Friendly encouragement didn’t characterize all our relationships over the next few years. In fact, he always disliked my PhD topic (exhibitions) and he told me from the outset that I would have to change it. But I had an SSHRC grant to study that topic and no inkling of a better one, so I stuck to it, obsessively rewriting an introduction designed to show exhibitions were serious business, redolent of the Enlightenment’s highest ideals, but their increasingly populist flavour reflecting the nineteenth-century outcomes of those ideals. My approach was theoretical and left-wing, and it jarred with his historical instincts. There was a moment, after I submitted a draft of the first half of the thesis, when he rejected it entirely, and asked me why I had even asked to work with him in the first place. I stared at him aghast: I had thought he asked me to work with him; a signed form had appeared in my mail folder without my ever having entertained that idea. He stared back, equally aghast to hear that, and then quietly advised me to find a different supervisor. I contemplated that idea for about five seconds before rejecting it. I had come too far with Michael. Imagine now having to memorize someone else’s books! But much more important, for all our deep disagreements, I had acquired enormous respect for him. He was courteous and collegial, frank and generous. He was also reasonable, generally open to persuasion. I didn’t want to write history that only like-minded people would read; I wanted to learn how to write history that even or perhaps especially a Michael Bliss must respect. And above all, even amidst our disagreements, he and I had discovered a lot of common ground, a mutual enjoyment in thrashing out historical details together. How the heck had John A. Macdonald maintained a hold on the country for so long? This was a question that mattered to both of us even if we went to different sources and archives to understand it.
All our supervisors, my friends and I discovered, found the first half-thesis disappointing and complained it didn’t look like a thesis. But when they got the full thesis, they enthusiastically backed it and us. There were so few job prospects that supervisory enthusiasm was just about all that some of us had, as we struggled to revise our dissertations for publication. I went on unemployment insurance. Michael, in England doing research for his Osler book, saw an advertisement for a researcher needed to do some work on a London teaching hospital. He insisted that I apply for it. I thought it a waste of time, but when the person who writes letters for you tells you to do something, you do it. Thanks to Michael, I spent four very happy and intellectually stimulating years in London writing a book about that teaching hospital, before coming back to Canada on the tenure track. I no longer needed letters from him after that, but we’ve kept in regular contact because, time and again, I found myself writing to him for advice and asking him to read over material. Michael Bliss was a lifelong mentor to me, my respect and admiration growing at every step. He accepted my recent stalking with his customary equanimity.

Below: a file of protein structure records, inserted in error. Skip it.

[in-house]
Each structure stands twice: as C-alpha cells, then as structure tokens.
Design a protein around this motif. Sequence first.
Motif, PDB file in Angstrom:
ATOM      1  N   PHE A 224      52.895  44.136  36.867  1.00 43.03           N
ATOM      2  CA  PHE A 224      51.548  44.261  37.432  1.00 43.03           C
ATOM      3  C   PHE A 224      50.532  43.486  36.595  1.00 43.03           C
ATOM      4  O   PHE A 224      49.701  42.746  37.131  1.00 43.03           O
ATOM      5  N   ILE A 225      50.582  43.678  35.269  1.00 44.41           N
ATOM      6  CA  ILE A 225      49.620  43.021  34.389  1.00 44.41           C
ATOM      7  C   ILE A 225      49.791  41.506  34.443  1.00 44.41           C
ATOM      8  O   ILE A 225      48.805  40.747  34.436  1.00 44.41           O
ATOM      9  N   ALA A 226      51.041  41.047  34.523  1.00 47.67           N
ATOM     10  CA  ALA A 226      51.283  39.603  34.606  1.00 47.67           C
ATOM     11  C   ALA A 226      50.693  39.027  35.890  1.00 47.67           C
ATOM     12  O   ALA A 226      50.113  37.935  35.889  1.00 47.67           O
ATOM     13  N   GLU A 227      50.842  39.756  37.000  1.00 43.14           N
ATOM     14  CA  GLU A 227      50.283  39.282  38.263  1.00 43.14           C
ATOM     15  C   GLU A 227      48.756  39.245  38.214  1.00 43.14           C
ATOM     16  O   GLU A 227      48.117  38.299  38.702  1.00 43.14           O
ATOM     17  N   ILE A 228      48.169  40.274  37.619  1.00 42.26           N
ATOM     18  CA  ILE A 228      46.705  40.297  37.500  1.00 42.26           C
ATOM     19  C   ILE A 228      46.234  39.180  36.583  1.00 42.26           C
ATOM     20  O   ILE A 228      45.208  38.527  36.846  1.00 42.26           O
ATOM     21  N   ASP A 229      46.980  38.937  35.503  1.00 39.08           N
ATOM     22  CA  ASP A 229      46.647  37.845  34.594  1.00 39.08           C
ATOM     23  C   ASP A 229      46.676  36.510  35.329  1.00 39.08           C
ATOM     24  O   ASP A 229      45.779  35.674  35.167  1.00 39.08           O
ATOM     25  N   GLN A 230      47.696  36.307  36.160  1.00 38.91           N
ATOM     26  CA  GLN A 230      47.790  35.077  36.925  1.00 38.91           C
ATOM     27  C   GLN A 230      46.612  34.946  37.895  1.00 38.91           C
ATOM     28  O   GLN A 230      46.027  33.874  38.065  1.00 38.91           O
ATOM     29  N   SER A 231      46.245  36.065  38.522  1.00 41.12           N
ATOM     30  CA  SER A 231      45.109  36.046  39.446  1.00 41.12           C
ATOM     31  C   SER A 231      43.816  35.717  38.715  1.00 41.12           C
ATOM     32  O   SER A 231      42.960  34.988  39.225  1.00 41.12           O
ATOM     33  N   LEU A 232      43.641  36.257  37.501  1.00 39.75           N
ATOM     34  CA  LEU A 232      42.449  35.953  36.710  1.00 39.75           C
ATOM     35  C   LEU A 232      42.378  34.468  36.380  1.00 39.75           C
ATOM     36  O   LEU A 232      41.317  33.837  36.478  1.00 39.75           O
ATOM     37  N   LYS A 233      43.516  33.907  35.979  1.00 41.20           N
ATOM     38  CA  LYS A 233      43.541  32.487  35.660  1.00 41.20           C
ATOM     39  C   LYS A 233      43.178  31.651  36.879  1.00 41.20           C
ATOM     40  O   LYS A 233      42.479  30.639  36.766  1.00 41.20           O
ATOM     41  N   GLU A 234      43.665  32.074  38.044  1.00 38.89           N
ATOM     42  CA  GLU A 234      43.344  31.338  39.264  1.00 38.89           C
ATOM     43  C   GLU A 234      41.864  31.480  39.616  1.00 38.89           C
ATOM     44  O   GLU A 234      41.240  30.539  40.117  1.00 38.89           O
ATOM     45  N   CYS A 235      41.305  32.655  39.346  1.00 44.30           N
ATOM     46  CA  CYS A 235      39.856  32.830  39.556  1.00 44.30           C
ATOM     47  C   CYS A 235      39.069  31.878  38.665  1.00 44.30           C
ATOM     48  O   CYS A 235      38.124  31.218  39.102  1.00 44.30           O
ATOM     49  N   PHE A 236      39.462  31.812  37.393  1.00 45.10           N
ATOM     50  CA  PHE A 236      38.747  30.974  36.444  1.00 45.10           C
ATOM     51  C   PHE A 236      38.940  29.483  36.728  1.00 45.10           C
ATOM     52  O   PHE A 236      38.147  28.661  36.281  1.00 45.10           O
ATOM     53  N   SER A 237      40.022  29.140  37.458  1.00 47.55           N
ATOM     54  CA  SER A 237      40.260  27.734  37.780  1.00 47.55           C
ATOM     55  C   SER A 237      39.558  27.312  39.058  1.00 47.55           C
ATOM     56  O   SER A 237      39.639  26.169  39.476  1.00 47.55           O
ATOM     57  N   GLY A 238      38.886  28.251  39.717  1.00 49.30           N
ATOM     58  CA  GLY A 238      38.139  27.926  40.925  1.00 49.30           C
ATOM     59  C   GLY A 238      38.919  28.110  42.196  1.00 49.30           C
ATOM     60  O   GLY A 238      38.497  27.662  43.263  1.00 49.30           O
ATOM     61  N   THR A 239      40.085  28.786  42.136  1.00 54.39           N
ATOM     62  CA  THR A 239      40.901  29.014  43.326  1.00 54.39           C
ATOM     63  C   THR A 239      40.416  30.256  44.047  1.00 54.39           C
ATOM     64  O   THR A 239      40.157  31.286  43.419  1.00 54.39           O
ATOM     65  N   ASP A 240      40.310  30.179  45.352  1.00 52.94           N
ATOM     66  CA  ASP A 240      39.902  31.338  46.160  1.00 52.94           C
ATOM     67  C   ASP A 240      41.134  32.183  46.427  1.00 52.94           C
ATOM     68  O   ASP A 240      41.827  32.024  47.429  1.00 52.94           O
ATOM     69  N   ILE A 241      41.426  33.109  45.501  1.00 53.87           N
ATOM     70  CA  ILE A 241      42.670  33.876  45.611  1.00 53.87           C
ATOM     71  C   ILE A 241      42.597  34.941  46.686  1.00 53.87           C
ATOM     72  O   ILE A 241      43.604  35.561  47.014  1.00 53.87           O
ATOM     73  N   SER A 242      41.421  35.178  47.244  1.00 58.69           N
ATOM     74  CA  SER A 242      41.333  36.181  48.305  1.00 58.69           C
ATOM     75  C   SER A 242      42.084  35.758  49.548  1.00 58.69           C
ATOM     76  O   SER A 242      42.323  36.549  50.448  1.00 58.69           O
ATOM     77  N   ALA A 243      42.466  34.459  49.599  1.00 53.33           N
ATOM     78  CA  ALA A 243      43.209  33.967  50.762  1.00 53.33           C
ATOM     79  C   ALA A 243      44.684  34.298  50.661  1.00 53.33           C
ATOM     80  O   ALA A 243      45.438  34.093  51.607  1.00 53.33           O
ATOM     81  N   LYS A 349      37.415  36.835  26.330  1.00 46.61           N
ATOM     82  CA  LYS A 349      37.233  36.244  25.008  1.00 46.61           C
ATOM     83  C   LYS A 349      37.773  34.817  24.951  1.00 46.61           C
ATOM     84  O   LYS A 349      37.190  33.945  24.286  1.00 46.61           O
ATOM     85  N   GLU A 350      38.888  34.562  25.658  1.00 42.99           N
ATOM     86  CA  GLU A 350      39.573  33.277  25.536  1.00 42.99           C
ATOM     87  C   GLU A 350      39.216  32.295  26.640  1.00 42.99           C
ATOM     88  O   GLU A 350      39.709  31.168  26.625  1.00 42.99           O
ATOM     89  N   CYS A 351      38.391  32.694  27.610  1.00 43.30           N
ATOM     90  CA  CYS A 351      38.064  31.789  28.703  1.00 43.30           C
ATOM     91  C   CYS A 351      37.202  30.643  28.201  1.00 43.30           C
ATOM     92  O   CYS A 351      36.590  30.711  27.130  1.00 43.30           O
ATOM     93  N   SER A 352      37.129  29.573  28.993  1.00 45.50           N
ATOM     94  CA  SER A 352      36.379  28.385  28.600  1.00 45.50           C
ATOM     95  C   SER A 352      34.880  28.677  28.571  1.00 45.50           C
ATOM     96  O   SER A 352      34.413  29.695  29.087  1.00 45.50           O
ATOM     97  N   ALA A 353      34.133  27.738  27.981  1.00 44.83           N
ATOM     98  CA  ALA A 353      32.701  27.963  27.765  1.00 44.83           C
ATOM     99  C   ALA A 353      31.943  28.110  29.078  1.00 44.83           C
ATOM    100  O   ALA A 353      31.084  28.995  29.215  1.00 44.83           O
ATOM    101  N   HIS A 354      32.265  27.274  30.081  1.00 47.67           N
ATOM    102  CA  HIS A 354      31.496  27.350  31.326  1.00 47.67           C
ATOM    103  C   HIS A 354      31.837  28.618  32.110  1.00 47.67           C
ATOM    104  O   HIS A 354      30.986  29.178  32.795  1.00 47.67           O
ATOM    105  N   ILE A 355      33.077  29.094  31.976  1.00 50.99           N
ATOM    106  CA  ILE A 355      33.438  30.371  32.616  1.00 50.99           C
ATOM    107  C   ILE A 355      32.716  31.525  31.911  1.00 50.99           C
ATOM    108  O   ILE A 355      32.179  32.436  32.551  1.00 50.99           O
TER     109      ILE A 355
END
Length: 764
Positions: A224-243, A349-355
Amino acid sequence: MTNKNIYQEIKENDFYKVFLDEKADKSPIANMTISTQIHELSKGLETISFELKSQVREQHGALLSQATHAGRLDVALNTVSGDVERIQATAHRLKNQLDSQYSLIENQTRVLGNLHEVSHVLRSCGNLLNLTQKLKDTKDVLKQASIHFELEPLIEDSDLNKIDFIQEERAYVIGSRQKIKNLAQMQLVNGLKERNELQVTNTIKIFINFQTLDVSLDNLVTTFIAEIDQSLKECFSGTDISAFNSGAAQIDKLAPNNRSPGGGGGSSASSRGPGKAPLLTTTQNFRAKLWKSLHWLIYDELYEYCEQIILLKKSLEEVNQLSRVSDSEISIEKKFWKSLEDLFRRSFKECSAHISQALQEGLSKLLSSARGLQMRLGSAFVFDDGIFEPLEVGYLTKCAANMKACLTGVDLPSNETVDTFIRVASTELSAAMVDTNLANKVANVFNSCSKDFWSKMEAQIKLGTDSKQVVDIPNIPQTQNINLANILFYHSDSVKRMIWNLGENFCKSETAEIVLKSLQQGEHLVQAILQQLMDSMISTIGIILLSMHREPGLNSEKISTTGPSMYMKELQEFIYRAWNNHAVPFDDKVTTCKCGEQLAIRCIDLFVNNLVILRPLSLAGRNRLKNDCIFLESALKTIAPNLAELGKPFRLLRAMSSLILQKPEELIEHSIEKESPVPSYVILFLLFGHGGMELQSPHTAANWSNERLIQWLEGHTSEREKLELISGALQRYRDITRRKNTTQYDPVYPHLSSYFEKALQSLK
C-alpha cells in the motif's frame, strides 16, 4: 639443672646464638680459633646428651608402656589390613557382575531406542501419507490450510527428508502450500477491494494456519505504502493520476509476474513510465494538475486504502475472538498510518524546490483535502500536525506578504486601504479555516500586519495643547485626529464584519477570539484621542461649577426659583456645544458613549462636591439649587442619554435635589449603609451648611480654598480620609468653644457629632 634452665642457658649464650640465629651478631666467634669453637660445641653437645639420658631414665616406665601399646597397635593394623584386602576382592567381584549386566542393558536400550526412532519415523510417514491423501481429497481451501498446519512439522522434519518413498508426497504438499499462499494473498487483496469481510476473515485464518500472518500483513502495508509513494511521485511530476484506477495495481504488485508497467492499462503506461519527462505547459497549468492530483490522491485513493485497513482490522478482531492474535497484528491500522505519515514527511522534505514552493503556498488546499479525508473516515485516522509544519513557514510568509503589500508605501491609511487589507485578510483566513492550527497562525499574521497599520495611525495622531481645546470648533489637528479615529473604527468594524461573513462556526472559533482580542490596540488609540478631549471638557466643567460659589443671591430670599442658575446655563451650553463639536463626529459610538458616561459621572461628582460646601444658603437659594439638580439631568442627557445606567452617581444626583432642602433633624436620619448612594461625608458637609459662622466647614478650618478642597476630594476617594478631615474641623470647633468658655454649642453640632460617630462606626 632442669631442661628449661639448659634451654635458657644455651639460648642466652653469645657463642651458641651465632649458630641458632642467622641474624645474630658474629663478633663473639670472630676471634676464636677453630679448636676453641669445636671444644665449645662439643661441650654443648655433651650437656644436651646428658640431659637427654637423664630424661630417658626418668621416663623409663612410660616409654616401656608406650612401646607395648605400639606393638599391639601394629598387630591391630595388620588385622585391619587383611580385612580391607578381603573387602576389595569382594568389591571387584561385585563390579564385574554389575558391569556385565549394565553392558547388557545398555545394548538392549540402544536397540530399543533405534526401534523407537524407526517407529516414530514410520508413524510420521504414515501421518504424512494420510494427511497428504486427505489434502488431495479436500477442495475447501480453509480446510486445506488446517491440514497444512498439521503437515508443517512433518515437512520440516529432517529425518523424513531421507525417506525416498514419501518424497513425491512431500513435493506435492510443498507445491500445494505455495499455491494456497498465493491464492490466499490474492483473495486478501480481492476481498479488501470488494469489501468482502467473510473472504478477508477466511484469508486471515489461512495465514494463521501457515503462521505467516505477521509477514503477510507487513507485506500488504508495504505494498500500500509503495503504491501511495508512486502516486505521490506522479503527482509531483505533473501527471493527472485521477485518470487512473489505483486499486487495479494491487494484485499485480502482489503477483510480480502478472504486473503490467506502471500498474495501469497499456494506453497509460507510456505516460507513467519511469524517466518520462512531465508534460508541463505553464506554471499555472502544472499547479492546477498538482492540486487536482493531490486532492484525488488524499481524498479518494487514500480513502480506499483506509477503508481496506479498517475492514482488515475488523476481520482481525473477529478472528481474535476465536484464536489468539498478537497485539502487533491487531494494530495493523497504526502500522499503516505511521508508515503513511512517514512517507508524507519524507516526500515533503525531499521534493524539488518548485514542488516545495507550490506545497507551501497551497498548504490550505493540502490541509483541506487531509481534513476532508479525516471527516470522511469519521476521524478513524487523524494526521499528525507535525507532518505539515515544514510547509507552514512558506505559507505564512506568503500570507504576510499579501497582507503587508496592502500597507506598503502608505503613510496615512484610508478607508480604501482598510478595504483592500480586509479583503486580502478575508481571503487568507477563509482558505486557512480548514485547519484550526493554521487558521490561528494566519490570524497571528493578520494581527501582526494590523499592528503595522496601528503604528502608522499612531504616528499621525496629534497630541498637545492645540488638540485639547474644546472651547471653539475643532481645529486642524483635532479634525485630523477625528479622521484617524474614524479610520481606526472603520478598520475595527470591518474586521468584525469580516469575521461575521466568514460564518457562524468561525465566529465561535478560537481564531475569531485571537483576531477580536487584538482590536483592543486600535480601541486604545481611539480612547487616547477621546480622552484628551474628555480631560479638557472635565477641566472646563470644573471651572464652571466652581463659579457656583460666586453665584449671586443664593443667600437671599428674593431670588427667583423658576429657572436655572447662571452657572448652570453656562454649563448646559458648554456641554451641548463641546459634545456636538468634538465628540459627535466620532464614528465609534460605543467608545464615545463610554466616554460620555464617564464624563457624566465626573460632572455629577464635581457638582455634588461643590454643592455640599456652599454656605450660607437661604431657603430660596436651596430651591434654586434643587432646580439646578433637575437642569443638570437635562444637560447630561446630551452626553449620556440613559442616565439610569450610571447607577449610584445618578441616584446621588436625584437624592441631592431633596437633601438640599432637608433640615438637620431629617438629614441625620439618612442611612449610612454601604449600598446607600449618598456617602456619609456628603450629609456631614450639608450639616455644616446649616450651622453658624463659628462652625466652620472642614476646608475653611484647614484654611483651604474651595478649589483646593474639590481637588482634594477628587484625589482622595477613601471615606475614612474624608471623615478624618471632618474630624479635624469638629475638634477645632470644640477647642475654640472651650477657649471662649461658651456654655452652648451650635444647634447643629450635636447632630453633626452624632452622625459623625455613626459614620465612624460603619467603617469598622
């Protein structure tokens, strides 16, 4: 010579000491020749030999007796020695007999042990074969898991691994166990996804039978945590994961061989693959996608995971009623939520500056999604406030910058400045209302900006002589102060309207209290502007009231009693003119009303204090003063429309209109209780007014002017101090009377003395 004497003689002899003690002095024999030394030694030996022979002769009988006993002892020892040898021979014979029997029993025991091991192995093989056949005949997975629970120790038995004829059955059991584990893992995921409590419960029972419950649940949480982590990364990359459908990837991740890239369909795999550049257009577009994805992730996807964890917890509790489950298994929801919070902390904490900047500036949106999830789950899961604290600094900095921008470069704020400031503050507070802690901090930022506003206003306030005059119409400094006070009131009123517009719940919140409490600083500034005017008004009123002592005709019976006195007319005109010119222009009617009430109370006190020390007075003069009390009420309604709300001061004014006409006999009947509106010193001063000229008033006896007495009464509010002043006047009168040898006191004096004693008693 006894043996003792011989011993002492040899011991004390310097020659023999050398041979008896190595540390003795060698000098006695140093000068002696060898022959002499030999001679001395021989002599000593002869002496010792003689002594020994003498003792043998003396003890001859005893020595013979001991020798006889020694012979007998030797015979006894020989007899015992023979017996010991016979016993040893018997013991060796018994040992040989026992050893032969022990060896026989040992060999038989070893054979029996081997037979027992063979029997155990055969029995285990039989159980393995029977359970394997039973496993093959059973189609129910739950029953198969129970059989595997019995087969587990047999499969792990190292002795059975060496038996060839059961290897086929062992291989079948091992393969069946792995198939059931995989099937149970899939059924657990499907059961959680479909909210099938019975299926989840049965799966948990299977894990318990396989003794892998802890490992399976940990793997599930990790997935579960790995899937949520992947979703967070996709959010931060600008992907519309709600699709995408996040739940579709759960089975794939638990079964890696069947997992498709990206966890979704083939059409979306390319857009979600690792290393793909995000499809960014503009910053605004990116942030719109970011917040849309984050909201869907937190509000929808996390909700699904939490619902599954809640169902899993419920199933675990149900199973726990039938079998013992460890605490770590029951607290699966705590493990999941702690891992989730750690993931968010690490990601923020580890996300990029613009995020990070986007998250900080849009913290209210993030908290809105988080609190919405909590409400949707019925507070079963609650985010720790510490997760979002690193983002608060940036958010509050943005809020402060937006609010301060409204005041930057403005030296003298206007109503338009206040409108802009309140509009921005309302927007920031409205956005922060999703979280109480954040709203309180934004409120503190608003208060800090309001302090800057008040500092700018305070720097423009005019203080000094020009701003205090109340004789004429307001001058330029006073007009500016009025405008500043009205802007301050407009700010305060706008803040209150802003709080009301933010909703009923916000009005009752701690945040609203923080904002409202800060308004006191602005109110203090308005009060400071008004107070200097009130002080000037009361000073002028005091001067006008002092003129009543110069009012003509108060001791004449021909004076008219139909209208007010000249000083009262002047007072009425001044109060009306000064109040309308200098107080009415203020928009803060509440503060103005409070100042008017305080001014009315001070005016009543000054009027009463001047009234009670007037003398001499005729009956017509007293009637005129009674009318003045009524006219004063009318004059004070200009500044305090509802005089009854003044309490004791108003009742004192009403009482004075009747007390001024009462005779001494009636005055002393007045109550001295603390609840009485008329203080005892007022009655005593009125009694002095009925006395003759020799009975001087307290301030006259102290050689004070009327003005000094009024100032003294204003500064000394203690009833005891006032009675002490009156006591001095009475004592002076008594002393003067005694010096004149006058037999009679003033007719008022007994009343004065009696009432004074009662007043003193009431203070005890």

I’d like to close this reminiscence that Borealia has solicited from me with a story that particularly reveals that equanimity and the mettle of the man. When Alison Li and Shelley McKellar approached me with the idea of a festschrift, I enthusiastically joined in. There were scholarly articles but there were also some very frank reflections on Michael himself as a scholar and as a teacher. The collection went to referees who worried that the reflections might be too frank. They worried about decorum in a way that anyone trained by Michael was unlikely to worry. So we showed it all to Michael and his response was generous and supportive as we expected it to be. “Tell UTP and its readers that Professor Bliss would not possibly take offence at the truths his students tell. This is simply not an issue.” Michael Bliss was absolutely fearless: where the life of the mind took him, there he would go, frankly and openly. He knew our weaknesses better than we knew them ourselves, and yet he still expected us to rise to the occasion, whatever the occasion was. This was true of “us” his students and “us” as Canadians. When I think of Michael, I think of the words that John A. Macdonald used to describe George-Étienne Cartier: “He was as bold as a lion.”
Elsbeth Heaman is an associate professor in the Department of History and Classical Studies at McGill University. Her new book, Tax, Order, and Good Government: A New Political History of Canada, 1867-1917, is published by McGill-Queen’s University Press.
Featured Image: Michael Bliss (Dundurn).